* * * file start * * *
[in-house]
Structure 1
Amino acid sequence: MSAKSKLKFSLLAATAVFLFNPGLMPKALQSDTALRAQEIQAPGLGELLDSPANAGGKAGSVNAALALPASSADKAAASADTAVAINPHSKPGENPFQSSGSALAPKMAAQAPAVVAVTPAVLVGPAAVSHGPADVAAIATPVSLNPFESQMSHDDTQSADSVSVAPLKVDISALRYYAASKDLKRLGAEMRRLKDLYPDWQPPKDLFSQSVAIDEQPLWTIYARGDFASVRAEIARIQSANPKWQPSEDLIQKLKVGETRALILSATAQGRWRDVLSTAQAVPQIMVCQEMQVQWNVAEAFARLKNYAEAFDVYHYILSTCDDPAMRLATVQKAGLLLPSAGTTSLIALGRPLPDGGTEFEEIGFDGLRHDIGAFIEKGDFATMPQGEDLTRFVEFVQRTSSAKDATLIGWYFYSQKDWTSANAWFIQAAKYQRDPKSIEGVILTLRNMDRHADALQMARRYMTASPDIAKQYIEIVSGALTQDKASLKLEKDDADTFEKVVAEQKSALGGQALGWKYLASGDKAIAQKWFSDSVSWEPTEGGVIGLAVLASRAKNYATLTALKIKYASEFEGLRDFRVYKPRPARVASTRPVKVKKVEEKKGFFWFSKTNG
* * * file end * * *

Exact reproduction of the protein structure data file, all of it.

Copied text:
[in-house]
Structure 1
Amino acid sequence: MSAKSKLKFSLLAATAVFLFNPGLMPKALQSDTALRAQEIQAPGLGELLDSPANAGGKAGSVNAALALPASSADKAAASADTAVAINPHSKPGENPFQSSGSALAPKMAAQAPAVVAVTPAVLVGPAAVSHGPADVAAIATPVSLNPFESQMSHDDTQSADSVSVAPLKVDISALRYYAASKDLKRLGAEMRRLKDLYPDWQPPKDLFSQSVAIDEQPLWTIYARGDFASVRAEIARIQSANPKWQPSEDLIQKLKVGETRALILSATAQGRWRDVLSTAQAVPQIMVCQEMQVQWNVAEAFARLKNYAEAFDVYHYILSTCDDPAMRLATVQKAGLLLPSAGTTSLIALGRPLPDGGTEFEEIGFDGLRHDIGAFIEKGDFATMPQGEDLTRFVEFVQRTSSAKDATLIGWYFYSQKDWTSANAWFIQAAKYQRDPKSIEGVILTLRNMDRHADALQMARRYMTASPDIAKQYIEIVSGALTQDKASLKLEKDDADTFEKVVAEQKSALGGQALGWKYLASGDKAIAQKWFSDSVSWEPTEGGVIGLAVLASRAKNYATLTALKIKYASEFEGLRDFRVYKPRPARVASTRPVKVKKVEEKKGFFWFSKTNG